Homelessness is a complex social problem caused by a faulty social safety net, lack of housing that is affordable, low wages, insufficient drug treatment programs and many other factors. An estimated 1,000 people, or 1 percent of the city’s entire population, are homeless.
Since Mayor Arreguin took office in December 2016, the city has taken bold steps to address the homeless crisis. Within weeks of taking office, the Mayor worked with the City Manager and City Council to activate the Emergency Operations Center. The city was able to immediately double the number of shelter beds and warming centers available, providing life-saving shelter to hundreds of homeless individuals. The City kept this shelter in operation until June 2017.
In 2018, the city opened its first permanent Berkeley Emergency Storm Shelter (BESS) in the newly renovated basement of the Veterans’ Memorial building. The venue has space for 65 people, offering showers, laundry and storage services for people staying there as well as walk-ins. We also opened an inclement weather shelter in the lobby of Old City Hall for up to 40 guests in December 2018.
Another critical step taken by the city has been the opening the STAIR Navigation Center, modeled on best practices around the country and first such center in the East Bay. Our goal is to eventually switch all homeless shelters to a navigation center model.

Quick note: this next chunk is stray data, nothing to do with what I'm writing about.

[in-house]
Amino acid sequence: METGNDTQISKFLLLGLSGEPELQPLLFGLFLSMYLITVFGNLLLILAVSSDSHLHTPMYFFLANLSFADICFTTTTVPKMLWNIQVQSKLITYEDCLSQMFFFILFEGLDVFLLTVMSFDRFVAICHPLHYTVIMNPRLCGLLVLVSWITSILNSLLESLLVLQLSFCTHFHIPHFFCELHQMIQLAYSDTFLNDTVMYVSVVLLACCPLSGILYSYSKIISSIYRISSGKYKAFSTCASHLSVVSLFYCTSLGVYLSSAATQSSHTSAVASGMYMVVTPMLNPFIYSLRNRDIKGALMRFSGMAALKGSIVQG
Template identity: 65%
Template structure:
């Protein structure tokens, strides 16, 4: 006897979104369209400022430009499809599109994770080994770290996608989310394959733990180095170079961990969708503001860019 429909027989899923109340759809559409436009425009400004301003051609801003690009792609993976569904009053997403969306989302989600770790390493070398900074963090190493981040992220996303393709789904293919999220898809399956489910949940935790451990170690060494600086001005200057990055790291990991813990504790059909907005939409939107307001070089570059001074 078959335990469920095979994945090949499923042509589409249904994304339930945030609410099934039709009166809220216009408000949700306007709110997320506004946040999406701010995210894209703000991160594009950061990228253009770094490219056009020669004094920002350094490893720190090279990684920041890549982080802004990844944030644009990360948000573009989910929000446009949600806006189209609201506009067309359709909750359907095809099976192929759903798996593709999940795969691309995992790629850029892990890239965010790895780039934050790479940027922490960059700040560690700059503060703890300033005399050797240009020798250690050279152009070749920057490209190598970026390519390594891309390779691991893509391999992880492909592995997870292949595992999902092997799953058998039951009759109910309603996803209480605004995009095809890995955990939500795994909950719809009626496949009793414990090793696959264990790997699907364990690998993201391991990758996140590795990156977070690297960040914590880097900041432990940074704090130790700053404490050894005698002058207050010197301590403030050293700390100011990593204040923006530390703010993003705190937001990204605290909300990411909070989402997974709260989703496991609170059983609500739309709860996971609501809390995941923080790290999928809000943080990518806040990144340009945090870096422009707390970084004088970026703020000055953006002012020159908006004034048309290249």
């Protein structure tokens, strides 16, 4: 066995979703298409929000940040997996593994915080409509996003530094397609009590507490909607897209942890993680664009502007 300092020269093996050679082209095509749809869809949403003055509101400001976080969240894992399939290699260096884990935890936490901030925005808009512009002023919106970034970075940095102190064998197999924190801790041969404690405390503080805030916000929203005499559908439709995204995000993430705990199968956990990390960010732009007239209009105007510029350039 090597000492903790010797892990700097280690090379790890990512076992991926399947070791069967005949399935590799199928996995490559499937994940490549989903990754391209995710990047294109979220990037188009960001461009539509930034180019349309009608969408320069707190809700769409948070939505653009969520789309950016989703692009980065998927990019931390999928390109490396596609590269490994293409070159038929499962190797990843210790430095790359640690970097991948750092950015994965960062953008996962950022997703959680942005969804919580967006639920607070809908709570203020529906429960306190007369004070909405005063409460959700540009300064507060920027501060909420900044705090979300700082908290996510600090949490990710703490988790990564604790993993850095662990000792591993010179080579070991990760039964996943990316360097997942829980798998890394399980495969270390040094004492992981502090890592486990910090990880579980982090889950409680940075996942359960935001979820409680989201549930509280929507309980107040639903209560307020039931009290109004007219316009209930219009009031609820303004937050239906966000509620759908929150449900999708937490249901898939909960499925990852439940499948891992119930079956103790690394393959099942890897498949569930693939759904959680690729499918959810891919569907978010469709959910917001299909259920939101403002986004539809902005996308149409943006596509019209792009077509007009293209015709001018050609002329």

The passage of Measure P on the November 2018 ballot will provide significant new resources to expand Navigation Centers, shelter beds, mental health services, outreach, employment programs and housing subsidies for the homeless.
To understand the scope of the homeless crisis in Alameda County, read the latest Point in Time Homeless Count conducted in 2017.
Central to the Mayor's plan for combating homelessness is The Pathways Project, which includes both short and long term measures to help shelter our growing homeless population, and restore Berkeley’s streets, parks and neighborhoods to their intended use.
In June 2018, the city opened its first navigation center in West Berkeley, which will allow the homeless to bring their partners, pets, and personal belongings with them. The center is much more than a shelter. Here, the unsheltered get a caseworker who can help them address substance abuse, mental health issues, assist with job searches and eventually connect the homeless to permanent housing or reunify them with their families. As of January 2019, the STAIR Center has helped place 45 people into permanent housing, largely through the use of subsidies while they work to receive Social Security or another type of ongoing assistance.
1,000 Person Plan
Over the past year, the mayor's office has been working on the 1,000 Person Plan, a reference to the number of people who are currently unsheltered in our community. The goal is to work with our regional partners to build 8,500 deeply affordable units throughout Alameda County by 2023. In between now and then, we plan to leverage Measure A1 (paid for by all county residents) and state funds to build more tiny home villages, micro units and other transitional housing until permanent affordable housing is built.